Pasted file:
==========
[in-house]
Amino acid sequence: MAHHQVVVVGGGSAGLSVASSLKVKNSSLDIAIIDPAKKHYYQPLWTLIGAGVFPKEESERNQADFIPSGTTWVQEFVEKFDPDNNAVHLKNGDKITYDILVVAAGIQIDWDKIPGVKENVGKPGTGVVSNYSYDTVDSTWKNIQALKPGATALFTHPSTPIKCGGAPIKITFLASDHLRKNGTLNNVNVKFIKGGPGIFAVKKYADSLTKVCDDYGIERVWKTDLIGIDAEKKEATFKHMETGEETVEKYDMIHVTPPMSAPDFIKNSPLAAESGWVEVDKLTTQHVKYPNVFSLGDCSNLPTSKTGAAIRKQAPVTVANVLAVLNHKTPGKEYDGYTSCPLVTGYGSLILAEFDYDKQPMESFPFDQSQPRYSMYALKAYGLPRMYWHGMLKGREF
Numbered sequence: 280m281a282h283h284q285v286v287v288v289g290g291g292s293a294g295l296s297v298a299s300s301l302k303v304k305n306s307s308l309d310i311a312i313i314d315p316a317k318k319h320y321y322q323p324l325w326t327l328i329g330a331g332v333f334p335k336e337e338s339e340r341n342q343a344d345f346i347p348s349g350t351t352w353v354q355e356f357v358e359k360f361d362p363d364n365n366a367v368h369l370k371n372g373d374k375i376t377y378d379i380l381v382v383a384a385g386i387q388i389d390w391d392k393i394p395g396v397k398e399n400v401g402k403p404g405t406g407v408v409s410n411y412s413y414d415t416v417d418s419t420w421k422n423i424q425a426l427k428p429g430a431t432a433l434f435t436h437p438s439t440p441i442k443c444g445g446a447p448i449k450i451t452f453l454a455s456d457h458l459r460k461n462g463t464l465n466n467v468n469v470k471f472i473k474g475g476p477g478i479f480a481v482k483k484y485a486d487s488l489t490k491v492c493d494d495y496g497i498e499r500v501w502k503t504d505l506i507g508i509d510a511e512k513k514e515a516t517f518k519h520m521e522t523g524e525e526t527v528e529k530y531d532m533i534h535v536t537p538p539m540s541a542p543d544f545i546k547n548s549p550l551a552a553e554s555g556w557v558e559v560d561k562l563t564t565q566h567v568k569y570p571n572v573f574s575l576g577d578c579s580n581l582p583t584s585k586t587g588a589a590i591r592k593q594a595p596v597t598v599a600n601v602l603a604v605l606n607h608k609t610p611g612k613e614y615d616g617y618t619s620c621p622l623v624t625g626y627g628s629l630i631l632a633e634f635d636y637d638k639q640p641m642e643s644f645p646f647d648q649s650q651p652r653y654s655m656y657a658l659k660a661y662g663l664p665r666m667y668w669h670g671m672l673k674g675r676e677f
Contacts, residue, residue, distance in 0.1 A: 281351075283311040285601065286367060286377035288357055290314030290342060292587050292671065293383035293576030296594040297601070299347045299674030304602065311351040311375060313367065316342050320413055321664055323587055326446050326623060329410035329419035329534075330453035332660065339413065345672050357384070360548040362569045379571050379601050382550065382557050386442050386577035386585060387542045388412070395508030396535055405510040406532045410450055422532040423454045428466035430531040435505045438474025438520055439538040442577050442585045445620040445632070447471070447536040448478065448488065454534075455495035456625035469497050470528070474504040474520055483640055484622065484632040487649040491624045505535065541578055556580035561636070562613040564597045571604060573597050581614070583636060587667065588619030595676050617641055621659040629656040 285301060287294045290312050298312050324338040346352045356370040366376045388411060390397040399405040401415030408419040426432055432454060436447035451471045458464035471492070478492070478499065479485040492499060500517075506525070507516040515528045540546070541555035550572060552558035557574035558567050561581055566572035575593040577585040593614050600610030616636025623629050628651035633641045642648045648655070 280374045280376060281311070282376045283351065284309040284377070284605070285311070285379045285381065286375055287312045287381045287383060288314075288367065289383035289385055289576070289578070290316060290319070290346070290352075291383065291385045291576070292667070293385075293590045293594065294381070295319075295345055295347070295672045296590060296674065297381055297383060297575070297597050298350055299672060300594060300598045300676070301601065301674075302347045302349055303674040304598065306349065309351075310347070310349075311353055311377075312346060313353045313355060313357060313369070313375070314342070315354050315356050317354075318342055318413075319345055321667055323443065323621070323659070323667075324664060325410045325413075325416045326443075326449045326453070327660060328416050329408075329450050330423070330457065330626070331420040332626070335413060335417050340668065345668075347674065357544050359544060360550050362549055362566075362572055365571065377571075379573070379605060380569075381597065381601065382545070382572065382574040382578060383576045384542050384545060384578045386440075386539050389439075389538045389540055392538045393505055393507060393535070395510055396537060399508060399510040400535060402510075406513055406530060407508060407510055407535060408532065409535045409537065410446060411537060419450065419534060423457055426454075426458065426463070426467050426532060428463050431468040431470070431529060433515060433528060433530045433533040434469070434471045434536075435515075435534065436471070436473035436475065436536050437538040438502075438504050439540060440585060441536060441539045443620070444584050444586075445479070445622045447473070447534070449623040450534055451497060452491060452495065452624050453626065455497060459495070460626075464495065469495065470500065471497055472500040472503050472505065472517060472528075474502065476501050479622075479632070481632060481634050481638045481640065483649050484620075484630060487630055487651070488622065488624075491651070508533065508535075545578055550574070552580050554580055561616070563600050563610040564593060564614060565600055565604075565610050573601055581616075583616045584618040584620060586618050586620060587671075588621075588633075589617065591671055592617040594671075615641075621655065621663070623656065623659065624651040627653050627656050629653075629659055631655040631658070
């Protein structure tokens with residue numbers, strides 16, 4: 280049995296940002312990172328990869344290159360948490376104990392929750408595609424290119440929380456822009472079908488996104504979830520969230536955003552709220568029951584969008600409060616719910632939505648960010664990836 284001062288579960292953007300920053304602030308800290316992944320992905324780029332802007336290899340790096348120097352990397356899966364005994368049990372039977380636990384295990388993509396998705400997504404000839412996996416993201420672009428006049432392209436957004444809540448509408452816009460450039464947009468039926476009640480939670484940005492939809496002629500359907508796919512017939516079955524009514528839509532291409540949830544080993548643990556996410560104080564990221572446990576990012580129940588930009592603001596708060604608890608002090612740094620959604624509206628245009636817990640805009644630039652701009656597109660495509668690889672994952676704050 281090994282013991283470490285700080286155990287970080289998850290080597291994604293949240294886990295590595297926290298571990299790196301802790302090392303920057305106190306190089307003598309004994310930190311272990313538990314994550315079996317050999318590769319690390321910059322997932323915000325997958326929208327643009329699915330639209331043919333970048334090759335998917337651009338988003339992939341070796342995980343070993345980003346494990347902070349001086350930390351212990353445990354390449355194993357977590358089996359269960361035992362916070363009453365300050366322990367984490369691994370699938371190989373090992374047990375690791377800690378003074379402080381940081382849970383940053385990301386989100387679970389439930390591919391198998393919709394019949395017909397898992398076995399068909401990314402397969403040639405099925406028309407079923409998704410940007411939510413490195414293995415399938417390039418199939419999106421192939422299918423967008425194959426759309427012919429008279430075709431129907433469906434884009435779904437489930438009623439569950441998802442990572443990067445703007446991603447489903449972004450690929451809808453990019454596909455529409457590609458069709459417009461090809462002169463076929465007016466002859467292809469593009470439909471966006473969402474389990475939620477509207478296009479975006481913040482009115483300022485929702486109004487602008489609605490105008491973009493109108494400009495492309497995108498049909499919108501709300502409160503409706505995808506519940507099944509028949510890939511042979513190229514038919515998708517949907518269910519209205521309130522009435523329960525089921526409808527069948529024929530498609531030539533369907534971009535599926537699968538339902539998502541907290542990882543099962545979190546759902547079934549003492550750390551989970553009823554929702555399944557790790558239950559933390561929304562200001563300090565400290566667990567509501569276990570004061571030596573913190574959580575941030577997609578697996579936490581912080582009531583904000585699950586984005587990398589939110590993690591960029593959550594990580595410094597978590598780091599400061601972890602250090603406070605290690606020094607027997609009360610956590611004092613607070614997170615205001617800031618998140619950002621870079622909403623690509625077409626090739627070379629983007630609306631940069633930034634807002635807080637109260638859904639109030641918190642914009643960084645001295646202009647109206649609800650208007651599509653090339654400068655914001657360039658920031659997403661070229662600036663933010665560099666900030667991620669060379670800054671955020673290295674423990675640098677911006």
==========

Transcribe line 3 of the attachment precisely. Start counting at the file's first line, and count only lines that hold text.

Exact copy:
Numbered sequence: 280m281a282h283h284q285v286v287v288v289g290g291g292s293a294g295l296s297v298a299s300s301l302k303v304k305n306s307s308l309d310i311a312i313i314d315p316a317k318k319h320y321y322q323p324l325w326t327l328i329g330a331g332v333f334p335k336e337e338s339e340r341n342q343a344d345f346i347p348s349g350t351t352w353v354q355e356f357v358e359k360f361d362p363d364n365n366a367v368h369l370k371n372g373d374k375i376t377y378d379i380l381v382v383a384a385g386i387q388i389d390w391d392k393i394p395g396v397k398e399n400v401g402k403p404g405t406g407v408v409s410n411y412s413y414d415t416v417d418s419t420w421k422n423i424q425a426l427k428p429g430a431t432a433l434f435t436h437p438s439t440p441i442k443c444g445g446a447p448i449k450i451t452f453l454a455s456d457h458l459r460k461n462g463t464l465n466n467v468n469v470k471f472i473k474g475g476p477g478i479f480a481v482k483k484y485a486d487s488l489t490k491v492c493d494d495y496g497i498e499r500v501w502k503t504d505l506i507g508i509d510a511e512k513k514e515a516t517f518k519h520m521e522t523g524e525e526t527v528e529k530y531d532m533i534h535v536t537p538p539m540s541a542p543d544f545i546k547n548s549p550l551a552a553e554s555g556w557v558e559v560d561k562l563t564t565q566h567v568k569y570p571n572v573f574s575l576g577d578c579s580n581l582p583t584s585k586t587g588a589a590i591r592k593q594a595p596v597t598v599a600n601v602l603a604v605l606n607h608k609t610p611g612k613e614y615d616g617y618t619s620c621p622l623v624t625g626y627g628s629l630i631l632a633e634f635d636y637d638k639q640p641m642e643s644f645p646f647d648q649s650q651p652r653y654s655m656y657a658l659k660a661y662g663l664p665r666m667y668w669h670g671m672l673k674g675r676e677f